Published: 16th February 2021
Why this 20-year-old Telugu ghazal singer wants to join the Indian Civil Services
Sanskrithi Ghazal's skills have been appreciated far and wide, not just as a singer but as a performer too. We trace her unfinished story and find out where she is headed next. Read on to find out...
If you know who Ghazal Srinivas AKA Kesiraju Srinivas is, chances are that you know Sanskrithi Ghazal AKA Kesiraju Sanskrithi as well. Sure, the 20-year-old has been performing with and without her father, taking after the pioneering Telugu ghazal maestro (so much so that she feels she grew up on stage), but Sanskrithi still holds her own. And this was made plenty clear in our conversation with the youngster who was born and brought up in Hyderabad.
She has been awarded the Child Prodigy Award at the International Children’s Film Festival, Ghazal Swara Sudha by Greetway Inc, US and many more
Trained in Carnatic music and Kuchipudi and currently pursuing Hindustani music, Sanskrithi has been travelling with her father for performances since the age of six. Her first album Chiru-Gajalu was launched by none other than (late) Padma Bhushan Dr C Narayana Reddy in 2011. "The most valuable lesson I learnt from my father was emotion," says the youngster. And just like her father took ghazals beyond the preassumed themes to singing about village, a mother's love and so on, Sanskrithi too ventures into themes that are different. "But I believe I am still a work in progress and I have a long way to go," says the youngster who is pursuing her Bachelor's in History, Economics and Political Science from CHRIST (Deemed-to-be University), Bengaluru.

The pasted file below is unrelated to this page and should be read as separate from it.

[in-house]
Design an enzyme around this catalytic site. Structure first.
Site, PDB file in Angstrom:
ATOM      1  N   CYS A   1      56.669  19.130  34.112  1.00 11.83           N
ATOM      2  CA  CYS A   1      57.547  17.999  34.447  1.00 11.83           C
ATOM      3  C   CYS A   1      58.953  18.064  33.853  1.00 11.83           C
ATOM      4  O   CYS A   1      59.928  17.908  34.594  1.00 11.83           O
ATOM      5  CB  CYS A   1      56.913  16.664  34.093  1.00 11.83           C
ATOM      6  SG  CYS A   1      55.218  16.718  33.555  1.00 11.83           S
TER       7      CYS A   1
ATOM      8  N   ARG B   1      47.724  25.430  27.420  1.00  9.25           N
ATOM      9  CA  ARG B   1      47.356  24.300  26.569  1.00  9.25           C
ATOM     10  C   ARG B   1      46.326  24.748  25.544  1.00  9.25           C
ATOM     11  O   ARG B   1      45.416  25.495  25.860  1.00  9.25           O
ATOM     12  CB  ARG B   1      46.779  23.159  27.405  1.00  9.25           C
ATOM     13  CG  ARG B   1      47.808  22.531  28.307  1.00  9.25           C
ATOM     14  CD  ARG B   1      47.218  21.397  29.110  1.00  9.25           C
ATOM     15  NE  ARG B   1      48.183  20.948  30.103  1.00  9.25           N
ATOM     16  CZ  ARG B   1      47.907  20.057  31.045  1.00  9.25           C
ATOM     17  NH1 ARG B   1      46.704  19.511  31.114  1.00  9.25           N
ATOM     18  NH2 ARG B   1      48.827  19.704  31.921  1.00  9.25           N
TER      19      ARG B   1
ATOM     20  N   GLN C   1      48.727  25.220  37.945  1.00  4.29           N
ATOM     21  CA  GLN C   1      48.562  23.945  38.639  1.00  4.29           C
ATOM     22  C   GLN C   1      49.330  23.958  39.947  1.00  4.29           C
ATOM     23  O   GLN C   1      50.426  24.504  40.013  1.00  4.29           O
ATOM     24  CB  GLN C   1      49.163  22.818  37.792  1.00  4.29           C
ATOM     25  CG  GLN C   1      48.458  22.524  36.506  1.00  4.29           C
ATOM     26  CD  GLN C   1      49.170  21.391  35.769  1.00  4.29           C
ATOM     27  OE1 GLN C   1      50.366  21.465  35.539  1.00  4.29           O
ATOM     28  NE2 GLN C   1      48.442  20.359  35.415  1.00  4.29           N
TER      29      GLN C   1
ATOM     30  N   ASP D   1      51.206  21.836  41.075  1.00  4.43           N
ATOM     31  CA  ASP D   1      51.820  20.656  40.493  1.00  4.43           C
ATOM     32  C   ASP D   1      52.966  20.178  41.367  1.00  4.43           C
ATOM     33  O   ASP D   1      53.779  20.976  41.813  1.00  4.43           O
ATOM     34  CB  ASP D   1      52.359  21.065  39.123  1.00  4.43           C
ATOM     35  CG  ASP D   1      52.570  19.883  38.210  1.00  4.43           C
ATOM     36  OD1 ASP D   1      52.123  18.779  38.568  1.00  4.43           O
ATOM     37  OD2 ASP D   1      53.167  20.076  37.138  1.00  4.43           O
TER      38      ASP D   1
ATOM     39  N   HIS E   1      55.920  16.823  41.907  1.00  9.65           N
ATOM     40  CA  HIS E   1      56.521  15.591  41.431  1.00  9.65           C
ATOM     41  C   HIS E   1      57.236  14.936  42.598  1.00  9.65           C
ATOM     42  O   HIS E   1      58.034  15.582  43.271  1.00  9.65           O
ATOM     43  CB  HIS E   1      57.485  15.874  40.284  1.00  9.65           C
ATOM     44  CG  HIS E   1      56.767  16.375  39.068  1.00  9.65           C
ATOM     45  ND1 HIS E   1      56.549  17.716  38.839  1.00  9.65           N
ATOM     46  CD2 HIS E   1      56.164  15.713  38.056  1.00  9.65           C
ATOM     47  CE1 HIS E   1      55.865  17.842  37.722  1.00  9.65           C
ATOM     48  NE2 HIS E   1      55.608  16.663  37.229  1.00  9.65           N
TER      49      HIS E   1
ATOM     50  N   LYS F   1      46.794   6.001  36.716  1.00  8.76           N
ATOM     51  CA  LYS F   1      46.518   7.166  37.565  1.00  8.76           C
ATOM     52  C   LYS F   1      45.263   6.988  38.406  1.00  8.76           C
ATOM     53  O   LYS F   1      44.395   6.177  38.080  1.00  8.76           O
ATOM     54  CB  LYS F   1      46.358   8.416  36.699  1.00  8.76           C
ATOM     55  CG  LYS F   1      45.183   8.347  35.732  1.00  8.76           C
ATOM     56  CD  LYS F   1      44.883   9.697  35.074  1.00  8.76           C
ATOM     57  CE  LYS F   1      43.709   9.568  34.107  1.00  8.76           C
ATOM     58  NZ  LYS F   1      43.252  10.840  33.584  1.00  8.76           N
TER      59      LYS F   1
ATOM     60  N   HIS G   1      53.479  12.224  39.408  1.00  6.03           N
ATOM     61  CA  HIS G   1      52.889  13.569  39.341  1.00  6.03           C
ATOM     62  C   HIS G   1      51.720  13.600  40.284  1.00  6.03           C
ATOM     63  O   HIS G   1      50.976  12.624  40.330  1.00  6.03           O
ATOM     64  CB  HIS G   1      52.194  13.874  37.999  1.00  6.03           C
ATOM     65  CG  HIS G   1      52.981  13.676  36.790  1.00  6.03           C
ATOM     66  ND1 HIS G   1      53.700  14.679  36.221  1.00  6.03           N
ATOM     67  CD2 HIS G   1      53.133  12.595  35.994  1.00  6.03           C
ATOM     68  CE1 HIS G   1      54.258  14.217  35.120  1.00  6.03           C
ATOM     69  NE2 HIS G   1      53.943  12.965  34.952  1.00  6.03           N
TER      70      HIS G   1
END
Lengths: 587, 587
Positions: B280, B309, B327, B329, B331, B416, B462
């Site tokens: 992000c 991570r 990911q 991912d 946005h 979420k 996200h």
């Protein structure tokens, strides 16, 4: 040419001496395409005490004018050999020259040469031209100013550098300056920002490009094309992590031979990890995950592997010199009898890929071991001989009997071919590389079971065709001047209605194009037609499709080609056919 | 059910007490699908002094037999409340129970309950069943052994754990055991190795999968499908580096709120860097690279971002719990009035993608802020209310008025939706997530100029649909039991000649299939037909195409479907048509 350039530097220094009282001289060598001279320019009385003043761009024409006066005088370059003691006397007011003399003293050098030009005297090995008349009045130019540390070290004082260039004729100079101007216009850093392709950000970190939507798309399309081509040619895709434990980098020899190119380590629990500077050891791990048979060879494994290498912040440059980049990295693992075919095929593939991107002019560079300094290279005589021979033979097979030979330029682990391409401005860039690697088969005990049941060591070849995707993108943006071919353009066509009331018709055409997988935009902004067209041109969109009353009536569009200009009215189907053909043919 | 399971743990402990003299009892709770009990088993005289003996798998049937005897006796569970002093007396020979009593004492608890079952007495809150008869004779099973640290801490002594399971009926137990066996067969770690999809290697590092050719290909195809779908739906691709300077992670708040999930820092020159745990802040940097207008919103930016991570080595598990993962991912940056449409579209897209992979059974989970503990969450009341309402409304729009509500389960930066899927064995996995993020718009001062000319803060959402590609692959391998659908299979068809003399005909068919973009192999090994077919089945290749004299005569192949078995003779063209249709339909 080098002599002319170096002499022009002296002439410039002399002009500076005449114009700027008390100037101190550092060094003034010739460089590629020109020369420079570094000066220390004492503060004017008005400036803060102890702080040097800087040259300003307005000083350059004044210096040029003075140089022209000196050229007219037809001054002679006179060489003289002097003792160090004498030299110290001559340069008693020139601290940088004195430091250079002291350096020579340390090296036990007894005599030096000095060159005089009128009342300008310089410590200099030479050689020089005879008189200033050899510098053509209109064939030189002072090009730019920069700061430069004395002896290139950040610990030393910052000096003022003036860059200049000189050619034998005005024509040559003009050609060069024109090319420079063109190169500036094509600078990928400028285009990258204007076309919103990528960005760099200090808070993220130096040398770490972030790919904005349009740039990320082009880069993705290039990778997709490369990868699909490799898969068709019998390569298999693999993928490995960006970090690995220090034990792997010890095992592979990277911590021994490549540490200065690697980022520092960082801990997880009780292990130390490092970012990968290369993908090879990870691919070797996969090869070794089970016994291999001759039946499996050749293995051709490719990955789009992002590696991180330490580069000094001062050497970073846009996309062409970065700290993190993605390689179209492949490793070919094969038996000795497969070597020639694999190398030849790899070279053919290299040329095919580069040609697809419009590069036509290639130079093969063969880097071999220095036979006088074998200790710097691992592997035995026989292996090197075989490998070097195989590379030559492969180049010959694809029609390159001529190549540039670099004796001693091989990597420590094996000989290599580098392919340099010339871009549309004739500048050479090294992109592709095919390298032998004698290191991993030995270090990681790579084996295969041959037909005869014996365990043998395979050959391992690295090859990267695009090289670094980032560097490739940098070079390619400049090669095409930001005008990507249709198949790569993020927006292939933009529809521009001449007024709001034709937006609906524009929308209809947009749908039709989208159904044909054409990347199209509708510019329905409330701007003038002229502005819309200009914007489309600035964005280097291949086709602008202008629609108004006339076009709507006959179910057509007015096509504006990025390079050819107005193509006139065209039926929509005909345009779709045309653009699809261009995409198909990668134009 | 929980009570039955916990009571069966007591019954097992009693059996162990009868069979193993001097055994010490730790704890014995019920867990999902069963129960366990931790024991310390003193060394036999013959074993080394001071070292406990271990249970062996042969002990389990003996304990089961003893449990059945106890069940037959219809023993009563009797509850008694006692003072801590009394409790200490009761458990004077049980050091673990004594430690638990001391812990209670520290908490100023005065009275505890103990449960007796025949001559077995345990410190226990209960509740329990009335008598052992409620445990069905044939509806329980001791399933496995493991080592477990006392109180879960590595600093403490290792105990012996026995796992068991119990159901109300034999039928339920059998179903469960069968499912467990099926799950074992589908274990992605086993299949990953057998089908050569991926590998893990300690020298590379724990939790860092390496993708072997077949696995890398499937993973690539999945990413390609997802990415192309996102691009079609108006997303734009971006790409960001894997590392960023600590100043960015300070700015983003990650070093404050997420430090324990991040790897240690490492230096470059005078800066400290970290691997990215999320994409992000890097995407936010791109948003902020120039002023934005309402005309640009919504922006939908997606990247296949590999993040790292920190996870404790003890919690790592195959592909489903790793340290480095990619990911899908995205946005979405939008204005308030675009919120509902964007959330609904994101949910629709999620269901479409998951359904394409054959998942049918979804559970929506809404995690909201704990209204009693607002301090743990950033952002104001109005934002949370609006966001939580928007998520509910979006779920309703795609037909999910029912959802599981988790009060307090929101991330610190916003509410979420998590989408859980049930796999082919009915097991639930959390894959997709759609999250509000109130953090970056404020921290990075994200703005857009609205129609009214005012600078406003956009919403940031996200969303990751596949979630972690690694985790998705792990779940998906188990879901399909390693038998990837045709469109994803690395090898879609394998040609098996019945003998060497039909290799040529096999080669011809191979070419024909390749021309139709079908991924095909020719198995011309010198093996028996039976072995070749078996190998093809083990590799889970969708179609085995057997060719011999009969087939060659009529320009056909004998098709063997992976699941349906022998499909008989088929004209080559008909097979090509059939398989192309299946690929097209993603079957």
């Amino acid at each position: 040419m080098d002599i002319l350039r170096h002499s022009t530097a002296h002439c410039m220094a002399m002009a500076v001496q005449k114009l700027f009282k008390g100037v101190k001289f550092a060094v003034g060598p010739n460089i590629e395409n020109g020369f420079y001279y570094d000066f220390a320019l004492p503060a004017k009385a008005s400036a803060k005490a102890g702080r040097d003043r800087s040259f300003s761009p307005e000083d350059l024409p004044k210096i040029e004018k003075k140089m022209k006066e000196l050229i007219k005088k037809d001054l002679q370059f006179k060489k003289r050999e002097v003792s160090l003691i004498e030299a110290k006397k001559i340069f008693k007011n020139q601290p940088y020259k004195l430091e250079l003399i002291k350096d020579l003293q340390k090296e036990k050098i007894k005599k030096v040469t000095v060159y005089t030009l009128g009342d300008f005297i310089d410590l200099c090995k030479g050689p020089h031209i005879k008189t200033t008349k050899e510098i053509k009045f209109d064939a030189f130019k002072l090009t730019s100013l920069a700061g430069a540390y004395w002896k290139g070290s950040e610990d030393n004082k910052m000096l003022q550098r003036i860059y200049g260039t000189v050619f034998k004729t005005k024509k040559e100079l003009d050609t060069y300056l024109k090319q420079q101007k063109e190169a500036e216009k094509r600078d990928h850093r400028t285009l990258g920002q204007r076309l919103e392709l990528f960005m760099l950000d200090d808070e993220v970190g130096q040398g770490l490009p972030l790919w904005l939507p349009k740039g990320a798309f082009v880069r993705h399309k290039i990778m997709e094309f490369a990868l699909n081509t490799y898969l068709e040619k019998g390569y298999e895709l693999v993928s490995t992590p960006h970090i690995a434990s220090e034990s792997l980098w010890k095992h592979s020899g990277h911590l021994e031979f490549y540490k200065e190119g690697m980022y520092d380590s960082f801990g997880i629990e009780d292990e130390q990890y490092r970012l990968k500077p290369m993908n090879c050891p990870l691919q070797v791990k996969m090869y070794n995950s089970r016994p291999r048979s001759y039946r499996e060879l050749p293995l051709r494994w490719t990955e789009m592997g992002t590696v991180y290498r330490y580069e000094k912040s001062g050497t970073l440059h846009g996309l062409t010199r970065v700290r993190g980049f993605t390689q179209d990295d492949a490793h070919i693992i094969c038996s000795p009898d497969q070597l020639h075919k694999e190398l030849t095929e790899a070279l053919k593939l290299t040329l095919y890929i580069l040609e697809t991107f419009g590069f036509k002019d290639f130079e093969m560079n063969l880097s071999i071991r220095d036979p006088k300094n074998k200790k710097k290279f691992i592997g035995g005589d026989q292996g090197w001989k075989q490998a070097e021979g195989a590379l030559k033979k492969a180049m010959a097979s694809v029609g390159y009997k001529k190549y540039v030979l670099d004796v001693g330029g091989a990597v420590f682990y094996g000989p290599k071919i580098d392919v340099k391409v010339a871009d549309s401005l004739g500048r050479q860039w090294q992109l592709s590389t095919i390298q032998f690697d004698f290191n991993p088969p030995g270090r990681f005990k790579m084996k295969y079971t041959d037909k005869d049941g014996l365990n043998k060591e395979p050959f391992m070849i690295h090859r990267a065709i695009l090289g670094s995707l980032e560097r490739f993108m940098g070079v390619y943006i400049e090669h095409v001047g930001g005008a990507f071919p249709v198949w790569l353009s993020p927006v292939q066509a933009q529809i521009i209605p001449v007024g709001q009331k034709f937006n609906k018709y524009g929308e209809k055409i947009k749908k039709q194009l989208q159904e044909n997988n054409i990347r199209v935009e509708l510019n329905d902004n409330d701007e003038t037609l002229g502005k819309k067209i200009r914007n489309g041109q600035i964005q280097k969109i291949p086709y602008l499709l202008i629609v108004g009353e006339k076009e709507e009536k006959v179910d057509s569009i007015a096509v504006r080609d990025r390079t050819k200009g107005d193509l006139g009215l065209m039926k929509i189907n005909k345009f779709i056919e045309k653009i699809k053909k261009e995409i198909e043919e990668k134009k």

With her father | (Pic: Sanskrithi Ghazal)
Though Sanskrithi has taken to the online-mode of performance quite seamlessly, she recalls with fondness some of her most memorable performances. Like the one in Ravindra Bharathi in 2016, where she received the blessings of Padma Shri Yella Venkateswara Rao or the one in 2018 at Prasad Film Labs where she sang ghazals written by poets from across the country. Now, she is taking over Instagram and what can we say except that her posts are helping us get through these tough days. "It is the ghazals I sing that I take inspiration from when I feel down and out," says the singer about the source of her motivation. That's what gets her out of the bed, bright and early, to do riyaz (practice in Hindi) and perfect her ghazal-singing skills.
She also played young Rudrama Devi in her guru’s dance ballet Rudrama - The Saga of the Warrior Queen
Now why we say that Sanskrithi is a force of her own is because though she is infinitely passionate about ghazals, she hopes to serve the country in her own way, by joining the Indian Civil Services. "I do plan on taking the exam and if I get through, I will have two ways in which I can serve this country," she says.